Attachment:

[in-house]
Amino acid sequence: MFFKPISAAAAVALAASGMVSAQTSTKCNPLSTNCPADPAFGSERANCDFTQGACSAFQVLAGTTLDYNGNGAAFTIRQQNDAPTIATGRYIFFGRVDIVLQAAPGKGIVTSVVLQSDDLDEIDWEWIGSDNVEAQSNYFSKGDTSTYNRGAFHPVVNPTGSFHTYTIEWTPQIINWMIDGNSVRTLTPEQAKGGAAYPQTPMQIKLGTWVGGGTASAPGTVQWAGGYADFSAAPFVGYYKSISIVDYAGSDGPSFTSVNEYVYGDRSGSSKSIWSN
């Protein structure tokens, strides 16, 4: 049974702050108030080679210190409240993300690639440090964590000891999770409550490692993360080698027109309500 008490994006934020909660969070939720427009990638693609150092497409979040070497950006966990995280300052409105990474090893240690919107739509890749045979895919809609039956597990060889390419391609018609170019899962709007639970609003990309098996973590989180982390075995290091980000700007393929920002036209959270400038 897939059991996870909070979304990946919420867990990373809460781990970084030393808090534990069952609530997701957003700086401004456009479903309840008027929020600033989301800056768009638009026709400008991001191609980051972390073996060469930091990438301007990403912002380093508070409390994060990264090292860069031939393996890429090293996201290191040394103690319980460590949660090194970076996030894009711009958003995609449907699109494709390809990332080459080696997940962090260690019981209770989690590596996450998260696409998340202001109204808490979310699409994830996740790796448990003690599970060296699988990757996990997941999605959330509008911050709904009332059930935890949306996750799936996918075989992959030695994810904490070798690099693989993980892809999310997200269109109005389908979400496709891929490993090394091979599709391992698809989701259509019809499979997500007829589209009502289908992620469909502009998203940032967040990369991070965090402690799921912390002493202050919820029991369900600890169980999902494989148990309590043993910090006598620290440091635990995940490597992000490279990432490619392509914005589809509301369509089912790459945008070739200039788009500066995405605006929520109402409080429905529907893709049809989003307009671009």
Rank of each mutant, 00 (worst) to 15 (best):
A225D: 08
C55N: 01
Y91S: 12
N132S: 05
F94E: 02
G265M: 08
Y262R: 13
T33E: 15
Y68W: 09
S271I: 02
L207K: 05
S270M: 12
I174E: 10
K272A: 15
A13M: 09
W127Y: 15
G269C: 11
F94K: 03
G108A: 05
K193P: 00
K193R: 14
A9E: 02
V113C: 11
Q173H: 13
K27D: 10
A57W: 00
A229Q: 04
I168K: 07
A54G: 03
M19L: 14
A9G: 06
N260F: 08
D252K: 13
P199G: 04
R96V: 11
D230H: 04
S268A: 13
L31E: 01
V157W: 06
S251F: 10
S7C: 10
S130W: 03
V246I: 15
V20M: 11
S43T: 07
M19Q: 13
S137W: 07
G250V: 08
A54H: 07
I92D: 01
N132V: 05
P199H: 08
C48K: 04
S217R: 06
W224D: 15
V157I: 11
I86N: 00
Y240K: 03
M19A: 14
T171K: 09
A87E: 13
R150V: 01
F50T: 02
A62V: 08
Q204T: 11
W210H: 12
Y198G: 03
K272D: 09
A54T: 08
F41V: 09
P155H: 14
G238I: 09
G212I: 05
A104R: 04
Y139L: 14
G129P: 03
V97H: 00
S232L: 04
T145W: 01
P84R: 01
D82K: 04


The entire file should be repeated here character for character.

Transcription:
[in-house]
Amino acid sequence: MFFKPISAAAAVALAASGMVSAQTSTKCNPLSTNCPADPAFGSERANCDFTQGACSAFQVLAGTTLDYNGNGAAFTIRQQNDAPTIATGRYIFFGRVDIVLQAAPGKGIVTSVVLQSDDLDEIDWEWIGSDNVEAQSNYFSKGDTSTYNRGAFHPVVNPTGSFHTYTIEWTPQIINWMIDGNSVRTLTPEQAKGGAAYPQTPMQIKLGTWVGGGTASAPGTVQWAGGYADFSAAPFVGYYKSISIVDYAGSDGPSFTSVNEYVYGDRSGSSKSIWSN
């Protein structure tokens, strides 16, 4: 049974702050108030080679210190409240993300690639440090964590000891999770409550490692993360080698027109309500 008490994006934020909660969070939720427009990638693609150092497409979040070497950006966990995280300052409105990474090893240690919107739509890749045979895919809609039956597990060889390419391609018609170019899962709007639970609003990309098996973590989180982390075995290091980000700007393929920002036209959270400038 897939059991996870909070979304990946919420867990990373809460781990970084030393808090534990069952609530997701957003700086401004456009479903309840008027929020600033989301800056768009638009026709400008991001191609980051972390073996060469930091990438301007990403912002380093508070409390994060990264090292860069031939393996890429090293996201290191040394103690319980460590949660090194970076996030894009711009958003995609449907699109494709390809990332080459080696997940962090260690019981209770989690590596996450998260696409998340202001109204808490979310699409994830996740790796448990003690599970060296699988990757996990997941999605959330509008911050709904009332059930935890949306996750799936996918075989992959030695994810904490070798690099693989993980892809999310997200269109109005389908979400496709891929490993090394091979599709391992698809989701259509019809499979997500007829589209009502289908992620469909502009998203940032967040990369991070965090402690799921912390002493202050919820029991369900600890169980999902494989148990309590043993910090006598620290440091635990995940490597992000490279990432490619392509914005589809509301369509089912790459945008070739200039788009500066995405605006929520109402409080429905529907893709049809989003307009671009």
Rank of each mutant, 00 (worst) to 15 (best):
A225D: 08
C55N: 01
Y91S: 12
N132S: 05
F94E: 02
G265M: 08
Y262R: 13
T33E: 15
Y68W: 09
S271I: 02
L207K: 05
S270M: 12
I174E: 10
K272A: 15
A13M: 09
W127Y: 15
G269C: 11
F94K: 03
G108A: 05
K193P: 00
K193R: 14
A9E: 02
V113C: 11
Q173H: 13
K27D: 10
A57W: 00
A229Q: 04
I168K: 07
A54G: 03
M19L: 14
A9G: 06
N260F: 08
D252K: 13
P199G: 04
R96V: 11
D230H: 04
S268A: 13
L31E: 01
V157W: 06
S251F: 10
S7C: 10
S130W: 03
V246I: 15
V20M: 11
S43T: 07
M19Q: 13
S137W: 07
G250V: 08
A54H: 07
I92D: 01
N132V: 05
P199H: 08
C48K: 04
S217R: 06
W224D: 15
V157I: 11
I86N: 00
Y240K: 03
M19A: 14
T171K: 09
A87E: 13
R150V: 01
F50T: 02
A62V: 08
Q204T: 11
W210H: 12
Y198G: 03
K272D: 09
A54T: 08
F41V: 09
P155H: 14
G238I: 09
G212I: 05
A104R: 04
Y139L: 14
G129P: 03
V97H: 00
S232L: 04
T145W: 01
P84R: 01
D82K: 04